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On the literary campaign trail
A short list of top-drawer campaign books
(CNN) -- While they are happening, presidential campaign trails are exercises in drudgery. Years later, they may be limned with golden recollections, but not so during the dark present. The candidate's days are long, the nights, longer; the people, food, towns and airports blur as the trail to the White House becomes a long slog.
Meanwhile, the candidate cannot ignore those tiny voices echoing at every stop: Get out the vote. Answer your opponent. Win now, or else. The combination of draining days and stressful, high-wire maneuvering can make for some strange, flop-sweat moments.
It can also make for some great reading.
For the past 40 years, each presidential campaign has produced at least one book -- often, a great book. The best re-instill a long perspective that can get lost in the daily jackhammering of news reports; they also make the candidates three-dimensional after the image-flattening of handlers and 30-second advertisements. And good campaign books provide dollops of the petty infighting, backstage gossip and hand-to-hand politicking that make presidential campaigns seem like so much fun.
With Labor Day weekend at hand -- the traditional beginning of the presidential campaign's home stretch -- it's a good time to dip into the past and sample the best presidential campaign books. Here are five for the ages.
- "The Making of the President 1960" by Theodore H. White (1961). White's famous, blue-covered tome can be considered the father of the modern campaign book. The author, a one-time international reporter who had earned kudos for his 1946 work "Thunder Out of China," was given unprecedented access, particularly by the Kennedy clan, in covering the campaign. His recap of 1960's seminal events -- Kennedy's key win in the West Virginia primary; overcoming the issue of his Roman Catholicism; the back-and-forth bargaining that led to Lyndon Johnson being chosen as Kennedy's running mate; and the fishbowl of the Nixon-Kennedy debates -- remains as exciting, and instructive, today as it did when the book came out.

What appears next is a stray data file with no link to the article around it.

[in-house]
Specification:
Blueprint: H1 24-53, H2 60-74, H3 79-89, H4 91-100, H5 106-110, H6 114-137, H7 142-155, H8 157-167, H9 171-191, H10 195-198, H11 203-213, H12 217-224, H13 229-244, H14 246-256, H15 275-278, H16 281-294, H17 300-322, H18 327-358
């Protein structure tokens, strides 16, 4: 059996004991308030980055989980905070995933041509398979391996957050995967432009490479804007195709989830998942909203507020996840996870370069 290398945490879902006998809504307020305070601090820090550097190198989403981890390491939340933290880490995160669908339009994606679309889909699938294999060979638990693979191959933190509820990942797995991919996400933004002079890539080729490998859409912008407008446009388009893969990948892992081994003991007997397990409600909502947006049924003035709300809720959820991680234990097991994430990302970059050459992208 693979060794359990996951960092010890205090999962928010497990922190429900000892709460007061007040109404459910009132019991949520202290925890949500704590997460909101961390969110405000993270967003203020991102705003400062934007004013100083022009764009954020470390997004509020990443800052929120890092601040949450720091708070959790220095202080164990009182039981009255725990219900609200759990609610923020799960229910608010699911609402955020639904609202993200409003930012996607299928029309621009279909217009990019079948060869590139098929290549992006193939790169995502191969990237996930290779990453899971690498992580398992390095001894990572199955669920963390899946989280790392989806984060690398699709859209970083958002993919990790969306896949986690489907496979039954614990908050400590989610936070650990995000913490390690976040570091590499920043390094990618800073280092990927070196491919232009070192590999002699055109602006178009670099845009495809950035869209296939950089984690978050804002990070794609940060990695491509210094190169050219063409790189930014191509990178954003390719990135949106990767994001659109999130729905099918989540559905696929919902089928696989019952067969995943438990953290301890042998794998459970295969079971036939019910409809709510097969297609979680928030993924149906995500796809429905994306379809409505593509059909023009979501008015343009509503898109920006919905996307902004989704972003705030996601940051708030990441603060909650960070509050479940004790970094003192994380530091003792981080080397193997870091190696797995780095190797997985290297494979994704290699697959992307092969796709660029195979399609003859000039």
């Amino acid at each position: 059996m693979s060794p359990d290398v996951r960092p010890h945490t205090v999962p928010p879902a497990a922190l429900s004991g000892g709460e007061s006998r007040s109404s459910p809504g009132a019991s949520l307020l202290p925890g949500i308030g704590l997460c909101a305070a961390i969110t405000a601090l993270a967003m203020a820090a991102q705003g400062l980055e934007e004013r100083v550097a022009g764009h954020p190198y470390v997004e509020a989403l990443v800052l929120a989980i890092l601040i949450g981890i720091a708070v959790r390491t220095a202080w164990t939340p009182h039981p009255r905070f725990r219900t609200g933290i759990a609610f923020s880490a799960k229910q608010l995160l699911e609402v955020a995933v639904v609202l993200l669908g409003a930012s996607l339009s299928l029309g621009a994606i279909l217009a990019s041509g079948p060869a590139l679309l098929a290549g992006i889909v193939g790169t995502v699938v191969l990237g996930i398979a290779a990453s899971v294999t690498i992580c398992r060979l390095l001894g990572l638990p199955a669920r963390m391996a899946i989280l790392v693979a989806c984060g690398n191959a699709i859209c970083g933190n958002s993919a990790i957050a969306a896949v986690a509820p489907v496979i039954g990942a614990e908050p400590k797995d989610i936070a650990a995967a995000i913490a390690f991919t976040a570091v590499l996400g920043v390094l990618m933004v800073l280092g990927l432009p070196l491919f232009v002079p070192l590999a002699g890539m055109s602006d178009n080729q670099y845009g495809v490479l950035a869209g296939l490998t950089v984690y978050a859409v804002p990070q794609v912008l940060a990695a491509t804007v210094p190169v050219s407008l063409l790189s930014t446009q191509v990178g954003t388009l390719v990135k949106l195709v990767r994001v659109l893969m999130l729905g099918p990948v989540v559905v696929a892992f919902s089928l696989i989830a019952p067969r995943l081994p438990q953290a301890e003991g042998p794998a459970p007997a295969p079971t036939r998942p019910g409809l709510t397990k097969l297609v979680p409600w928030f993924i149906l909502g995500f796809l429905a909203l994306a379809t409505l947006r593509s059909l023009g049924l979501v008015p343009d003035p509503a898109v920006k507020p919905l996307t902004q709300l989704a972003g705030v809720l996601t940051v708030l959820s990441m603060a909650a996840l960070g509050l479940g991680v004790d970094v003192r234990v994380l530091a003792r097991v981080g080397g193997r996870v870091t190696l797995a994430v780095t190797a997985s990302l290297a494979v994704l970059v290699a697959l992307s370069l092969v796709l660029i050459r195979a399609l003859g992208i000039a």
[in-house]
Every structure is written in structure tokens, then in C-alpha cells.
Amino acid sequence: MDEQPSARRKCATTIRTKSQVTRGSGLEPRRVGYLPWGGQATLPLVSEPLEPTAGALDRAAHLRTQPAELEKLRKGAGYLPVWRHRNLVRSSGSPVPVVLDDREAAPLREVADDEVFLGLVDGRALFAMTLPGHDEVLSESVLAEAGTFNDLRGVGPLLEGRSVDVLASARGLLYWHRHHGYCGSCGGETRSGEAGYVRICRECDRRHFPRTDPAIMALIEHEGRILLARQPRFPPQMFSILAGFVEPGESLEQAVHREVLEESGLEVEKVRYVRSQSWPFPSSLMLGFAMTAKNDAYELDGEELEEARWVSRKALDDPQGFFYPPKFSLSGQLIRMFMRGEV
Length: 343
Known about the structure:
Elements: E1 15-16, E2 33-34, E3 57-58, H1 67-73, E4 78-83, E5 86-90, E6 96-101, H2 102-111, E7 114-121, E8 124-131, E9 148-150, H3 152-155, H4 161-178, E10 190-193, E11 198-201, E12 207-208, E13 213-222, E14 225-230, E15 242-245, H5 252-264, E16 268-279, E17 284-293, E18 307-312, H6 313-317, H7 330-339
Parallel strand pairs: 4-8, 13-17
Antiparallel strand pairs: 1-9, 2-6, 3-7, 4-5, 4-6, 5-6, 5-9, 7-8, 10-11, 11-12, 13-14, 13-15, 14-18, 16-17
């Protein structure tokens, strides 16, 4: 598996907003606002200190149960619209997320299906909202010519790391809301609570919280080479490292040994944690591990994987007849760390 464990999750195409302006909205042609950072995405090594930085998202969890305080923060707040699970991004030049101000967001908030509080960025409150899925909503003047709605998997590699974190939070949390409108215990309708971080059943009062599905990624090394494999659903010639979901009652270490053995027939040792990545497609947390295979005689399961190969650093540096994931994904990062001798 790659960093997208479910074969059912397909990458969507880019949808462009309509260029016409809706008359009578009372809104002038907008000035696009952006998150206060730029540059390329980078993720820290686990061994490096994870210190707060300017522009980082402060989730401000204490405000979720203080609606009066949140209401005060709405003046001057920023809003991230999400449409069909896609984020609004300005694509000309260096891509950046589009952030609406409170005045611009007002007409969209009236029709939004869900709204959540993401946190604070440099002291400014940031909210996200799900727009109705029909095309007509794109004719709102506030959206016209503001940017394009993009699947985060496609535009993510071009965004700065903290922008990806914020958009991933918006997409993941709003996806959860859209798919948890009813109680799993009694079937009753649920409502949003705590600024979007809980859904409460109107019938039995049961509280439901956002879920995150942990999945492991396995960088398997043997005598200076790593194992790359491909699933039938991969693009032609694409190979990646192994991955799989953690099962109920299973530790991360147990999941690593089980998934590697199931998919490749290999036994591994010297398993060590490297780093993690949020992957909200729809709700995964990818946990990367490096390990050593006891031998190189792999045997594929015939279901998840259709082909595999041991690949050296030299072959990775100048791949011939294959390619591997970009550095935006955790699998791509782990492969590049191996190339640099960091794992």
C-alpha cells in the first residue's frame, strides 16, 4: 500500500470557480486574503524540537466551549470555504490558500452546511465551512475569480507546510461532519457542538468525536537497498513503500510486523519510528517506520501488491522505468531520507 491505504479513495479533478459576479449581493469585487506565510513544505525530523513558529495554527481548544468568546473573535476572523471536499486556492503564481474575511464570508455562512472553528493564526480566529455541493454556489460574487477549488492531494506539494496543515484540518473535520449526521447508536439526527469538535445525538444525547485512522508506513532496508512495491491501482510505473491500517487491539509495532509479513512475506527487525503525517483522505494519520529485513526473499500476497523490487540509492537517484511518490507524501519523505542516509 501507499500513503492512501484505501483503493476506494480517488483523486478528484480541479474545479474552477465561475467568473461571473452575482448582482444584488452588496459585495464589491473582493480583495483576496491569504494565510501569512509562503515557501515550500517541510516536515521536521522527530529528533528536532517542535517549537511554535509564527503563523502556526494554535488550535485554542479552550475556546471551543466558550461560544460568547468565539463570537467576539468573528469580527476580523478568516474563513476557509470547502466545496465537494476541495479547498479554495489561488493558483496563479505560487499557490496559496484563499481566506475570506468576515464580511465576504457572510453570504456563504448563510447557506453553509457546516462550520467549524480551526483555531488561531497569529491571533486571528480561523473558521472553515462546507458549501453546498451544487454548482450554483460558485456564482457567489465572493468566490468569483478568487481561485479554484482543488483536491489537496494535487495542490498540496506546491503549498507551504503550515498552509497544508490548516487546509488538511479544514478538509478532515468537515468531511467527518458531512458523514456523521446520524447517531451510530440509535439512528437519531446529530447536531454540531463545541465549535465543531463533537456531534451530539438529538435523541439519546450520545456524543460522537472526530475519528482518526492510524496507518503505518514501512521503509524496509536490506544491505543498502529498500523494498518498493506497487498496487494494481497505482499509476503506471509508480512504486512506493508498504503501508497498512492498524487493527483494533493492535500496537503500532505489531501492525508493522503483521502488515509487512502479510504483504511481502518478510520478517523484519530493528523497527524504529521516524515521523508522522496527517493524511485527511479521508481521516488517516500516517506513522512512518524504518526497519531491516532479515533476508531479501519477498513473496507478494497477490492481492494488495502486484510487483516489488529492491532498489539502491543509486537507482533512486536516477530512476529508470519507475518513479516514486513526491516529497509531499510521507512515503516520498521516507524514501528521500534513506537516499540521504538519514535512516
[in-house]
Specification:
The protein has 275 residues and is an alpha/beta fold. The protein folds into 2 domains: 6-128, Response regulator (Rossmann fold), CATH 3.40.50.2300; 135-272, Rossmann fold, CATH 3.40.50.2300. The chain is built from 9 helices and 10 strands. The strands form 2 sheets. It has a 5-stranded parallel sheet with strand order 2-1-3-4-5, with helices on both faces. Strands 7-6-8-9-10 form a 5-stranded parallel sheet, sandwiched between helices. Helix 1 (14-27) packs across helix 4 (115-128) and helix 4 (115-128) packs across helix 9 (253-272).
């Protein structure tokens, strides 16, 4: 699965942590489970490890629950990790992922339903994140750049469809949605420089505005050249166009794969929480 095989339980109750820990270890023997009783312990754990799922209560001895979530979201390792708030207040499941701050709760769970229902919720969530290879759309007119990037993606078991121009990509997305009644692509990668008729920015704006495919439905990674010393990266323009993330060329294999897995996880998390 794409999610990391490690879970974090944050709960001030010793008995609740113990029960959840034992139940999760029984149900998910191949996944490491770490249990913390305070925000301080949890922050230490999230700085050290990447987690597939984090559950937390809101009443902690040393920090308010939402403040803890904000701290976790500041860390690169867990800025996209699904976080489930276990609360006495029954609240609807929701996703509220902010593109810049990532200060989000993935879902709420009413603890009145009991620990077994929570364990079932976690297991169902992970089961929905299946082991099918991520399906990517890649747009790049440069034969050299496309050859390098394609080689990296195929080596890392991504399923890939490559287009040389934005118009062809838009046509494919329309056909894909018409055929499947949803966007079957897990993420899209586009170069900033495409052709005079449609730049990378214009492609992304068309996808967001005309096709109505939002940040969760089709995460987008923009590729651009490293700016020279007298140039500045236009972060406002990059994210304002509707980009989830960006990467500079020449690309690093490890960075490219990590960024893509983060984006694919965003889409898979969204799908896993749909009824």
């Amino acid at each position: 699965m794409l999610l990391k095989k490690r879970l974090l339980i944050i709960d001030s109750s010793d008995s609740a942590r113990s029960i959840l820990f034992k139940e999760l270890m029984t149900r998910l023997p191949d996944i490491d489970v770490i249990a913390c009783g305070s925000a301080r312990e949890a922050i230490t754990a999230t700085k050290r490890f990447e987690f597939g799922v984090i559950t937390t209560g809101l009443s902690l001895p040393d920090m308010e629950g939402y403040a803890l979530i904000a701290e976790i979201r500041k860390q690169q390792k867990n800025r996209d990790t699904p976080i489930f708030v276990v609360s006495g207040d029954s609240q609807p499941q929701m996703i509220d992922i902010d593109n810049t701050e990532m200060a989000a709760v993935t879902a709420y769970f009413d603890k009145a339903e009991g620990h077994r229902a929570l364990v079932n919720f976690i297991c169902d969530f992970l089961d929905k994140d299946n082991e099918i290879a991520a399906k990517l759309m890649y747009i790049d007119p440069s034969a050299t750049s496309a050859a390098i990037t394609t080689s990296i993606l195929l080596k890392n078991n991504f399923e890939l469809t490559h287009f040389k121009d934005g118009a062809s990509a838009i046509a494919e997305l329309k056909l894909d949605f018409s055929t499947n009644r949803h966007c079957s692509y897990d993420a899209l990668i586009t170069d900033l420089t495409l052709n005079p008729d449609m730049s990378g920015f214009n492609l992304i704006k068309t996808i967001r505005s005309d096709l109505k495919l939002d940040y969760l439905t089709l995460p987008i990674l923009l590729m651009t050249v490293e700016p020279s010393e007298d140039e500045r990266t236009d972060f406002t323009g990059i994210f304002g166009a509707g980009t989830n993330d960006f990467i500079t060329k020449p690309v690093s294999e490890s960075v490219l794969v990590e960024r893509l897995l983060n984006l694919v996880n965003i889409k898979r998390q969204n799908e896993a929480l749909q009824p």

"The Making of the President 1960" won a Pulitzer Prize and led to a series of White campaign books, culminating in 1982's "America in Search of Itself." As other authors' campaign books followed, White was castigated for being too much of an establishment insider, not open enough to the New Journalism that gave succeeding books the flash and sparkle of a tightly wound thriller. But he did it well, and he did it first.
- "The Selling of the President 1968" by Joe McGinniss (1969). White put out a campaign book in 1968, and so did a group of three British authors, all attempting to somehow summarize a campaign -- and a year -- that defied easy summarization. But perhaps the book that tackled the 1968 campaign from the most revealing angle was McGinniss' study of political marketing. In a year that witnessed Eugene McCarthy's left-field insurgency, Lyndon Johnson's surprise withdrawal, and the assassinations of Martin Luther King and Robert F. Kennedy, perhaps what still lingers today is the cold calculation of Richard Nixon's advisers, hawking their candidate like a box of detergent. Their lessons on stage lighting, sound bites, backdrops -- all the theatrical trappings which are now as much a part of a political campaign as kissing babies -- were laconically recorded by the keenly observant McGinniss. As a result, "The Selling of the President 1968" can be seen as a presidential marketing bible -- or a cautionary tale.